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A-Frame - Roy is still keepin' it real.


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A-Frame - Roy is still keepin' it real.

bulavinaka | | Dec 5, 2010 08:32 PM

Hearing about Roy Choi's newest venture a couple of months back, I was very curious about A-Frame. Only fortifying this was always-reliable poster yogachick's initial post about A-Frame:

Not wanting to high-jack this initial thread which is already building up some steam, and with me always having my usual blah-blah-itis, I thought it best to start another post. My impression is based on our first and only visit, so please understand that I'm not an authority on this place. But at the same time, I was impressed enough that when I started to post about my thoughts, I just kept tapping the keyboard until I had far too much for just a typical post in response. I know there are those who feel Roy Choi is riding a wave of hype. I initially thought that as well when Kogi started to become too popular for anybody's good, but I am not ashamed to admit that I now feel that I was wrong.

We dropped by A-Frame last night and truly enjoyed our visit. I think it's a soon-to-be classic because of its 21st Century redefining of Bohemian style when thinking about chow. Like Kogi and Chego, A-Frame has no single reference point - one senses that it's more like a collection of reference points that Roy Choi has pulled together through chapters in his life. I’m guessing that Roy Choi’s various ventures are a result of coursing through his timeline post-70s, breathing in huge breaths of LA's neighborhoods and beyond, and coming back like a modern day Marco Polo or Monet. His food does the storytelling. Using Kogi as a beginning in the evolutionary process, I get the sense that each successive venture gives added momentum to allow Roy to express his creativity on a larger canvas, and extending his medium from charcoal to pencil to brush. The environment is well thought out - kudos to Roy and Sean Knibb's design group for considering practically every aspect of this space in three dimensions: taking a former IHOP and converting it into a working piece of art. The spaces are laid back, visually stimulating, and with a strong emphasis on no pretense - just like his food. My only quibble is that the acoustics inside are a bit harsh as the crowd starts to pick up.

And crowded it was. We arrived between 5-6PM, and the place was already two-thirds full. The night was starting to cool off, but we still decided to sit outside. Between the space heaters, the fire pit, and the plush comforters that A-Frame offers its guests (they are very plush - take care in not knocking over glasses on the table like we did when attempting to tuck the comforter under the table), the outside space was quite nice - I can't wait for summer. The only outdoor issue for me is the traffic noise on Washington. The setback from the street is minimal, so traffic noise can be a distraction. I have my own ideas of how to mitigate this but good company fortified by great food and drink tends to trump the traffic issue.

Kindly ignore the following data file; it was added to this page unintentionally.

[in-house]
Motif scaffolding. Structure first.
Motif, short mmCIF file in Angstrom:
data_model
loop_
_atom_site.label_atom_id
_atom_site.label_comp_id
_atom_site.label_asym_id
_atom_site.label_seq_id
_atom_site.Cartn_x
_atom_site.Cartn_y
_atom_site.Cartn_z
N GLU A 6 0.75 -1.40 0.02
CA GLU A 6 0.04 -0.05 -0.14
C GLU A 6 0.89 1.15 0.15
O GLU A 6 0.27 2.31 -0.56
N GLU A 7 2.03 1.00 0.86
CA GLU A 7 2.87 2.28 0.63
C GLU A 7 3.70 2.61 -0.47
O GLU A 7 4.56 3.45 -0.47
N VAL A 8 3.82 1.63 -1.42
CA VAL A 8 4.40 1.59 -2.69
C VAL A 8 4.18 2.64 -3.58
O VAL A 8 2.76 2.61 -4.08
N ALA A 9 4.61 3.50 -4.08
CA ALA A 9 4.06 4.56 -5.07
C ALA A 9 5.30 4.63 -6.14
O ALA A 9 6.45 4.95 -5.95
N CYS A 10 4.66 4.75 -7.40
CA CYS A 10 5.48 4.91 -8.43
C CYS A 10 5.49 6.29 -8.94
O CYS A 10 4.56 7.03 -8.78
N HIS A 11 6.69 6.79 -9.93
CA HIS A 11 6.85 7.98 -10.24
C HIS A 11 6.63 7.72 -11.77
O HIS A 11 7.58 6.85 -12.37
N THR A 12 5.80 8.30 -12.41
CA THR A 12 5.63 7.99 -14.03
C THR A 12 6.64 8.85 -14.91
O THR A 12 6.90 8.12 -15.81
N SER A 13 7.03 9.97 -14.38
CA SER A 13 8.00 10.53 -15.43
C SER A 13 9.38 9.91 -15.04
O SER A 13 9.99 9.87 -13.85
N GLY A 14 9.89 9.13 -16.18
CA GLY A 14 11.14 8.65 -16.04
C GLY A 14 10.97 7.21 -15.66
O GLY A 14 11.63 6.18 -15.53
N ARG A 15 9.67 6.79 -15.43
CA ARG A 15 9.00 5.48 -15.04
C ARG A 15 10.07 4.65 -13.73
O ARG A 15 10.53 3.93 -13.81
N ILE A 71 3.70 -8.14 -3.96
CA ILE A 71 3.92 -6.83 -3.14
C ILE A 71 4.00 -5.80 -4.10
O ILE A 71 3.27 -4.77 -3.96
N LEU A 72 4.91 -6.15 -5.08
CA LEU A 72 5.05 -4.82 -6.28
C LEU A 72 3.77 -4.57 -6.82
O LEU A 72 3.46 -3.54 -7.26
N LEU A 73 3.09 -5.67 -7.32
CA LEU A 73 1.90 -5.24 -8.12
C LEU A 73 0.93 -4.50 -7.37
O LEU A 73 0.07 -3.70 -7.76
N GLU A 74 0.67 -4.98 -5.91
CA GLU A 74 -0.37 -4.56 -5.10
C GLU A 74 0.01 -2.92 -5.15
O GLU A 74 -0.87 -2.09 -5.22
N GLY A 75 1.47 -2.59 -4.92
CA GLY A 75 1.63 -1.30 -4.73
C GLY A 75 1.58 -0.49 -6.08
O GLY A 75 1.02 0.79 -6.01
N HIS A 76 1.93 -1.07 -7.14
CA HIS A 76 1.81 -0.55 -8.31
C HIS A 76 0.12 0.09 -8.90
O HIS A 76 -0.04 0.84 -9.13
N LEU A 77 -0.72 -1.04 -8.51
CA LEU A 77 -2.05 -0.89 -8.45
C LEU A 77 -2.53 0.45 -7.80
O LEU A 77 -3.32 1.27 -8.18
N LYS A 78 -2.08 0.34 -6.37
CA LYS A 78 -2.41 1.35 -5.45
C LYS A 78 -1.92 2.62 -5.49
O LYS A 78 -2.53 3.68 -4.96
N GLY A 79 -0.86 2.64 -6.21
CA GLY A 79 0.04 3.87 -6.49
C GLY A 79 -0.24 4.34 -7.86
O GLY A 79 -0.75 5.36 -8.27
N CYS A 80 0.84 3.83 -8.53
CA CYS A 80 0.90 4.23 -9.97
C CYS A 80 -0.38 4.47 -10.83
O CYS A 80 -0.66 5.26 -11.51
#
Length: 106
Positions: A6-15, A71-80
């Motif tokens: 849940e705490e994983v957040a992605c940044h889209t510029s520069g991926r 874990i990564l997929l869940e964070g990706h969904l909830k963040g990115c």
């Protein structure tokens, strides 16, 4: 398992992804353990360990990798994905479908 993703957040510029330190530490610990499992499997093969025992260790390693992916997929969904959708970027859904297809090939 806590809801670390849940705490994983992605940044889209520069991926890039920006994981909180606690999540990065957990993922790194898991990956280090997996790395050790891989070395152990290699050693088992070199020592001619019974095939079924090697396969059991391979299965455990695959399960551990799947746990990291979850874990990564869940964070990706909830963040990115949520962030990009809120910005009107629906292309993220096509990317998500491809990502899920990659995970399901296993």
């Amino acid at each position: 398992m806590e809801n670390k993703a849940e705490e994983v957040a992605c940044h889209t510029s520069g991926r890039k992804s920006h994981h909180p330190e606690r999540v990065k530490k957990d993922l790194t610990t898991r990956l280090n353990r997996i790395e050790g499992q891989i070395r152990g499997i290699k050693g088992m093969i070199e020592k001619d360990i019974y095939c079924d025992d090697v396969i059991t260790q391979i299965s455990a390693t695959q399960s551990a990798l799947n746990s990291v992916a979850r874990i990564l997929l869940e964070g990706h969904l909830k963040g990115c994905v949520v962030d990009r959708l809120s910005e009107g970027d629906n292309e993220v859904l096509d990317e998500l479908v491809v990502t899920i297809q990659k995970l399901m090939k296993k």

The drink menu is a very well thought out list of beers on tap, wines, mixed drinks, conventional as well as unique non-alcohol drinks, even teas and ca phe sua da - something unique and enjoyable literally for everyone. I’m not much into mixology but many of the listed drinks might change my mind, and the punch bowls were popular on many tables. I do enjoy wine, and am biting at the bit to try these selections, but I've been on a stout kick for the past few months, ever since having a revelatory experience with a properly poured pint of Russian River Imperial Stout at burger. in Santa Cruz. A-Frame unfortunately currently can't source this king of stouts, but IMHO, the Ten Fidy on tap was a perfect substitute (any chance we’ll see a malted ice cream/stout sundae on the horizon?). And to round out just their choice of darker beers, a lighter oatmeal stout, and a black IPA ale are on tap. My son has been drinking a lot green tea lately, and ordered their offering, which was a blend of green tea and Earl Grey - Earl Green. This is just one of many manifestations of Team Roy. There's a strong backbone of nonconformity in the Houses (and trucks) of Roy, but honestly, I for one am thankful for this.

The staff here is like Chego - young, lots of bridled energy, happy, eager to please and offer suggestions on ordering and what to order, all girdled in a ring of niceness. I've met nothing but incredibly cordial folks at both Chego and now A-Frame. Everyone from the hostess to our server, the barkeep and the bussing staff are incredibly pleasant and inviting. I think each of the staff at A-Frame must come with some sort of stamped diploma reading, “Certified Genuinely Nice Person to All Guests.” For those who feel they have a gripe with past experiences at Father's Office, I'd consider the folks here to be their antithesis.